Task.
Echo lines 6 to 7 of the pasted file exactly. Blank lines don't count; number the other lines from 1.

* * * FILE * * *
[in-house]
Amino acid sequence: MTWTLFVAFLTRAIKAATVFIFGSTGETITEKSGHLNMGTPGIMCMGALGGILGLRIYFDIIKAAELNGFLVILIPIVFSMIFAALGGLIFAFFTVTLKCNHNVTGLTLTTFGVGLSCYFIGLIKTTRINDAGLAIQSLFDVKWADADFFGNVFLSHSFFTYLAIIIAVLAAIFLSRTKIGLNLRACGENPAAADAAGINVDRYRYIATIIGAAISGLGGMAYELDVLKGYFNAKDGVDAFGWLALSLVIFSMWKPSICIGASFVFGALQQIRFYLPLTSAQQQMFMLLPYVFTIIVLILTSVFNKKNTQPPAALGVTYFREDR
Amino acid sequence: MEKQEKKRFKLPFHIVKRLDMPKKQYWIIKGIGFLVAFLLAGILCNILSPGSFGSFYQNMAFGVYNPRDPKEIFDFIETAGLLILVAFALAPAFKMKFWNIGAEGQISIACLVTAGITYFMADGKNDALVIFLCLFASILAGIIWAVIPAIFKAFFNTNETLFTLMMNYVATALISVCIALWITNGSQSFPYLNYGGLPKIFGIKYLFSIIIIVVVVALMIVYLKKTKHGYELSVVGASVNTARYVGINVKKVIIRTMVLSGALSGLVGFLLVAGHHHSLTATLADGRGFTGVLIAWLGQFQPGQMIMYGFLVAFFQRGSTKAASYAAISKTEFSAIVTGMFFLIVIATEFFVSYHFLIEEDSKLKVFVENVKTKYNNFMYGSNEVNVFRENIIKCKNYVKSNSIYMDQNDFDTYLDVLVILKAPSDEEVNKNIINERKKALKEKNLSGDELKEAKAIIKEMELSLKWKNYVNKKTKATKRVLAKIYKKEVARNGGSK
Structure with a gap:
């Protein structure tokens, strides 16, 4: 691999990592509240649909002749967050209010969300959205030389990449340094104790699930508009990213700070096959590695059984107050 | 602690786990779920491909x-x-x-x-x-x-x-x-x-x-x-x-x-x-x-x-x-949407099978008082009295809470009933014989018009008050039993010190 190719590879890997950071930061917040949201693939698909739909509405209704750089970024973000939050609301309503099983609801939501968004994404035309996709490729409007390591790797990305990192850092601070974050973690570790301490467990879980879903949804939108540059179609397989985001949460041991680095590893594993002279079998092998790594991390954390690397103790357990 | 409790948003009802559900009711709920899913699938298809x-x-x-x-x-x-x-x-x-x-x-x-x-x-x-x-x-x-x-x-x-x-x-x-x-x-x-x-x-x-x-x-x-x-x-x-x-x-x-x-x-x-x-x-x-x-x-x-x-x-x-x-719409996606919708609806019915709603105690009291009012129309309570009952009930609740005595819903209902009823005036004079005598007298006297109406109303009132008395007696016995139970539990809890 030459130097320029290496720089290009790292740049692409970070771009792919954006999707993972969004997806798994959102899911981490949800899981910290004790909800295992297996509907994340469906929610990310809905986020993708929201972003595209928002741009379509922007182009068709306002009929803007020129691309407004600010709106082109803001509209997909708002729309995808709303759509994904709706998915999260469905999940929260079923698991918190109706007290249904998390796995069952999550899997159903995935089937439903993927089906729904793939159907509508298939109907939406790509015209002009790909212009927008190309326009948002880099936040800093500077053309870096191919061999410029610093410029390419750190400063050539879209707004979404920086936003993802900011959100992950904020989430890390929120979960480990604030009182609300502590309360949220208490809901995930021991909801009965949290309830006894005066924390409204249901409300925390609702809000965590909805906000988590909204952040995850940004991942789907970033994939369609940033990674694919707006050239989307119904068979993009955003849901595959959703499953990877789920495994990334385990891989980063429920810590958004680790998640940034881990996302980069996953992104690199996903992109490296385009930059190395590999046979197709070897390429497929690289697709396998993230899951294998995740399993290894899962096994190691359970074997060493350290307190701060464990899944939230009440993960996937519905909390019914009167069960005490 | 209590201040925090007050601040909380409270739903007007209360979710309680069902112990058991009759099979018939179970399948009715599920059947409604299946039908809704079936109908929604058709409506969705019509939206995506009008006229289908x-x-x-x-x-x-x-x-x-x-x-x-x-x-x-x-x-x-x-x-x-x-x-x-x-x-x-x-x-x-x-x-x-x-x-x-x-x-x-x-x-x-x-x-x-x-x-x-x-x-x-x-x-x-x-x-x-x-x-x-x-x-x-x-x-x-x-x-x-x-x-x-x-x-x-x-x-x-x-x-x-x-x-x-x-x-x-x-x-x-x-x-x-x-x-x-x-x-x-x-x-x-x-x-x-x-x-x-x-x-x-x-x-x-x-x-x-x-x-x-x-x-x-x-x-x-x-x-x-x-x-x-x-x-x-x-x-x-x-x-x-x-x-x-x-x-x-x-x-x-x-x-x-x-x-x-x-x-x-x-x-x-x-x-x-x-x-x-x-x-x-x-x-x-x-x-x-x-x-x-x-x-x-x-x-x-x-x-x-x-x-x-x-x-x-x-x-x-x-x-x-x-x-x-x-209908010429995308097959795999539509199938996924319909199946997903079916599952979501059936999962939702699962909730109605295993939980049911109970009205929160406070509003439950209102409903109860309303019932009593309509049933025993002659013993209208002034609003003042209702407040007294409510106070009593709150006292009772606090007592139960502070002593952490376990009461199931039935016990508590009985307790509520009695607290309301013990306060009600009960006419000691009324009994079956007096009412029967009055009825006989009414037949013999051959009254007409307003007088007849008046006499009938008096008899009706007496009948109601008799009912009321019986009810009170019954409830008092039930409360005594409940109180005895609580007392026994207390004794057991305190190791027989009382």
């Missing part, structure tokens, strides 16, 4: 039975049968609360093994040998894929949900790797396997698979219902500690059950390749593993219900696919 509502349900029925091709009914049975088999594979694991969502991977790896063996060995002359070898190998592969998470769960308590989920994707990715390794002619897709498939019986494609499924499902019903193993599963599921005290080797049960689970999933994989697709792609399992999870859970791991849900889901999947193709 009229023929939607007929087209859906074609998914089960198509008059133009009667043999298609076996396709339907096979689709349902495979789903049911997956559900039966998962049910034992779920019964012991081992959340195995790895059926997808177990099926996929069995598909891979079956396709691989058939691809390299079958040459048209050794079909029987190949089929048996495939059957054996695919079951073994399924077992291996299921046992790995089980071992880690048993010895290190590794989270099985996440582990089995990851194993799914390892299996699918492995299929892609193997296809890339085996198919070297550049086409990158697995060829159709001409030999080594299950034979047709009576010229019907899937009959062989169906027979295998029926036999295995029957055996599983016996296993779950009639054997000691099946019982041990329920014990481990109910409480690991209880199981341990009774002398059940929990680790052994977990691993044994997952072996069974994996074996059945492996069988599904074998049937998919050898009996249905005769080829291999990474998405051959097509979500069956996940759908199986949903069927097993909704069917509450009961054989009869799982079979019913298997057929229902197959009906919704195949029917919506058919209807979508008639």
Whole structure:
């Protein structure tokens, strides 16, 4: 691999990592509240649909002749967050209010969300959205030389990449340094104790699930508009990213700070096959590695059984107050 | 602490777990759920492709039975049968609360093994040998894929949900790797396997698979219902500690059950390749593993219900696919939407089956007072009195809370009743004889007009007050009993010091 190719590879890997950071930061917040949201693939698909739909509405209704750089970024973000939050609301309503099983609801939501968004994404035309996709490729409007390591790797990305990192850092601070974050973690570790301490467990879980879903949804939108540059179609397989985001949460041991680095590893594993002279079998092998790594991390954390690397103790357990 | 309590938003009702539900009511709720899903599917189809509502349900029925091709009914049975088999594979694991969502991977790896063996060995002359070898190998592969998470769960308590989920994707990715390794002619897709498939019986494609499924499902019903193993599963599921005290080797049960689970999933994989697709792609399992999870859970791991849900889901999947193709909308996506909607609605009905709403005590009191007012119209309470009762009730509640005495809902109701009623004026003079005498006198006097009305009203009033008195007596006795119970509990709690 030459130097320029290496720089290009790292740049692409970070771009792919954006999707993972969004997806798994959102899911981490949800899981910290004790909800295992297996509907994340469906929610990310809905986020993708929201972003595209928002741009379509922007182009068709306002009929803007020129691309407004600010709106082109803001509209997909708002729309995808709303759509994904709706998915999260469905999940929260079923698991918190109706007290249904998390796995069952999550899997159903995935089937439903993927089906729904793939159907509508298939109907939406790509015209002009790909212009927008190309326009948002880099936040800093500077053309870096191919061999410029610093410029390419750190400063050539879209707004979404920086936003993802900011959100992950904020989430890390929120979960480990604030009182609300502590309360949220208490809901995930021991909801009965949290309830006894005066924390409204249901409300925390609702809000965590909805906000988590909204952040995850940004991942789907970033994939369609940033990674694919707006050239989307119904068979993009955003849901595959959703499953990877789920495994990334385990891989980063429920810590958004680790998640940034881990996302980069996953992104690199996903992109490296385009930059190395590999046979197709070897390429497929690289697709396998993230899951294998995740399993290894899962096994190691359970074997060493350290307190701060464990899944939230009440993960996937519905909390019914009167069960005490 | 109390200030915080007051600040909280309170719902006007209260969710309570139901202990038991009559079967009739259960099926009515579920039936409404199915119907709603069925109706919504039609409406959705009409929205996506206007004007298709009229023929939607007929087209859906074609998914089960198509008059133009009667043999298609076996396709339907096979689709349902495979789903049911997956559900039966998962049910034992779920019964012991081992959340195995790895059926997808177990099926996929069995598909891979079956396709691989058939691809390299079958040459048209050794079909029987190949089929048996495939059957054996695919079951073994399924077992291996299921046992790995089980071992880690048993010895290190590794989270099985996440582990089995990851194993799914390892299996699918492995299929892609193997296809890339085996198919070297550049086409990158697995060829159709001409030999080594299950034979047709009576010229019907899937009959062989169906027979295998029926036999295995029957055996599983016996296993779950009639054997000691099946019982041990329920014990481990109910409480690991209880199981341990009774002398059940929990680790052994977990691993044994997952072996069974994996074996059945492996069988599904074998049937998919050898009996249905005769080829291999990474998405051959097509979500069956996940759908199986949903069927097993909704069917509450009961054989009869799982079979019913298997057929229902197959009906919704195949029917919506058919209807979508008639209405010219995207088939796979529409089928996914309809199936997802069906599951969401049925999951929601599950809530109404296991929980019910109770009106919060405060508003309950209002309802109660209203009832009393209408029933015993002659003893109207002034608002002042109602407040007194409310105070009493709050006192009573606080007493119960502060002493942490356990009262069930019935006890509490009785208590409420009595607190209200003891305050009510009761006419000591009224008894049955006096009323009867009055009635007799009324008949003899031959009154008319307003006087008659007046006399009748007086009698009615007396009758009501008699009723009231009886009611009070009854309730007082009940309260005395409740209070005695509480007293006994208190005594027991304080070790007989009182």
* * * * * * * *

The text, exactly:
């Missing part, structure tokens, strides 16, 4: 039975049968609360093994040998894929949900790797396997698979219902500690059950390749593993219900696919 509502349900029925091709009914049975088999594979694991969502991977790896063996060995002359070898190998592969998470769960308590989920994707990715390794002619897709498939019986494609499924499902019903193993599963599921005290080797049960689970999933994989697709792609399992999870859970791991849900889901999947193709 009229023929939607007929087209859906074609998914089960198509008059133009009667043999298609076996396709339907096979689709349902495979789903049911997956559900039966998962049910034992779920019964012991081992959340195995790895059926997808177990099926996929069995598909891979079956396709691989058939691809390299079958040459048209050794079909029987190949089929048996495939059957054996695919079951073994399924077992291996299921046992790995089980071992880690048993010895290190590794989270099985996440582990089995990851194993799914390892299996699918492995299929892609193997296809890339085996198919070297550049086409990158697995060829159709001409030999080594299950034979047709009576010229019907899937009959062989169906027979295998029926036999295995029957055996599983016996296993779950009639054997000691099946019982041990329920014990481990109910409480690991209880199981341990009774002398059940929990680790052994977990691993044994997952072996069974994996074996059945492996069988599904074998049937998919050898009996249905005769080829291999990474998405051959097509979500069956996940759908199986949903069927097993909704069917509450009961054989009869799982079979019913298997057929229902197959009906919704195949029917919506058919209807979508008639």
Whole structure: